Drug epidemic likely ‘killing more Americans than we think’

Research from Penn and Georgetown shows that the estimated number of drug-associated deaths in the U.S. in 2016 was approximately double the number of deaths attributed to drugs.

Open, overturned prescription drug bottle with pills spilling out on dark table.

As the drug epidemic began to unfold in the United States, deaths classified as drug-related for 15- to 64-year-olds hit 9% in 2016, up from about 4% less than two decades earlier. But new research published in PLOS ONE from the University of Pennsylvania and Georgetown University suggests that drug-associated mortality in this country is actually more than double that. 

“It’s obvious that the drug epidemic is a major American disaster,” says Penn demographer Samuel Preston, who conducted this work with Georgetown demographer Dana Glei. “The basic records being kept are annual reports on the number of deaths from drug overdose. But that’s only part of the picture.”

Among this group of Americans in 2016, 63,000 deaths were attributed to drug-related causes—mostly poisonings—but Glei and Preston estimate that the overall number of drug-associated deaths is far higher: around 142,000. They also found that, on average, drug use decreased life expectancy after age 15 by 1.4 years for men and by 0.7 years for women—figures that more than doubled for the hardest-hit state, West Virginia.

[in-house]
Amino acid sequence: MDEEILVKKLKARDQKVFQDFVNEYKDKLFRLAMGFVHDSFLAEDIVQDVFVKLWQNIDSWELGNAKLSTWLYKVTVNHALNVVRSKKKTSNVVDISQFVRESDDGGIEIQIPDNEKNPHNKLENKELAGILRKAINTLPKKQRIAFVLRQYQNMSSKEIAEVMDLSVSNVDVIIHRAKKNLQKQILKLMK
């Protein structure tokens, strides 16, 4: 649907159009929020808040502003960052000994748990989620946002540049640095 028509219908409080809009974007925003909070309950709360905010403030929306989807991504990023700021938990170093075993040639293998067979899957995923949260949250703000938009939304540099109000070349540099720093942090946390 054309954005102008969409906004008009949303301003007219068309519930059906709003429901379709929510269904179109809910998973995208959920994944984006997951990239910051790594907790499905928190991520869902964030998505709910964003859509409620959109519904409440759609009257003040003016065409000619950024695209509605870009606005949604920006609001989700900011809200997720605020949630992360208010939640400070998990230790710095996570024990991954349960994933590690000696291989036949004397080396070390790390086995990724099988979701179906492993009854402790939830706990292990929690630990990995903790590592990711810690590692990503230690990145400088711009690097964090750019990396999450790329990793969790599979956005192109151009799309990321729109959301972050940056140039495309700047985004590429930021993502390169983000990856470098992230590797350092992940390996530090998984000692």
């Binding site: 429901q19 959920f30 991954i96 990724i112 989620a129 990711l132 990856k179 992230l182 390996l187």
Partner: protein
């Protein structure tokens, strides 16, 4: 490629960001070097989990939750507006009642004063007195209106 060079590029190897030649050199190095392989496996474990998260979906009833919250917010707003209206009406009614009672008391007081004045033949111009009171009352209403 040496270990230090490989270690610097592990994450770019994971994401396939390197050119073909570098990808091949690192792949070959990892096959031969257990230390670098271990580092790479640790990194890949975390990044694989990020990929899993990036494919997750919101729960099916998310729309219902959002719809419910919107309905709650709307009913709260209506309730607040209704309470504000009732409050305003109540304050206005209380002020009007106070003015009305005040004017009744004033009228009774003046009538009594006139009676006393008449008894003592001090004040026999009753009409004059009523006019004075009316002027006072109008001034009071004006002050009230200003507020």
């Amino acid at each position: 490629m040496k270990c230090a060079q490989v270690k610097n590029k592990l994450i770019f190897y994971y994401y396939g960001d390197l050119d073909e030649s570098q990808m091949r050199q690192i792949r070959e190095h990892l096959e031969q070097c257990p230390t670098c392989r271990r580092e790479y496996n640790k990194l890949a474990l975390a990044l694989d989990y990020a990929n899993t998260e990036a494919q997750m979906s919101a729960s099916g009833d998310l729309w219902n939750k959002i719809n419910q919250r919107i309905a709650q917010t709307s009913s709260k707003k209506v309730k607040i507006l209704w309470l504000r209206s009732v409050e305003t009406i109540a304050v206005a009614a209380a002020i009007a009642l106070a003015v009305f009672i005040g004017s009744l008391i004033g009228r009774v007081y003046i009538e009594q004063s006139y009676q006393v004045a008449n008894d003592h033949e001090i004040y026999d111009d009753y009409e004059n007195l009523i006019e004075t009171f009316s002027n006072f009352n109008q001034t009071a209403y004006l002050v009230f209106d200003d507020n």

“The drug epidemic is probably killing a lot more Americans than we think,” says Glei, a senior research investigator in Georgetown’s Center for Population and Health. “That’s the main point we’re trying to make.”

Beyond overdoses

To draw these conclusions, the researchers turned to a dataset from the National Center for Health Statistics, part of the Centers for Disease Control and Prevention. They built models to assess the mortality rates for males and females in all 50 states from 15 age groups and for 18 calendar years. The dataset represented more than 44 million deaths, 667,196 of which were coded as related to drugs. Their models eventually showed that drug-coded deaths, which include drug overdoses and mental and behavioral disorders related to drugs, represent only about half of all drug-associated deaths. 

A person sitting in an office wearing a navy blazer and a striped button-down shirt. Behind are a bookcase with a shelf of books, a plant, and a wicker chest.
Samuel Preston is a professor in the Department of Sociology in Penn’s School of Arts and Sciences and a research associate at the Population Studies Center. (Image: Courtesy of Sam Preston)

“Drugs can kill in other ways,” says Preston, a professor of sociology and member of Penn’s Population Studies Center. “Infectious disease like HIV/AIDS and hepatitis, impaired judgement, suicide, circulatory disease—these are all affected by drug use. People who are perpetual drug users have much higher mortality in general.”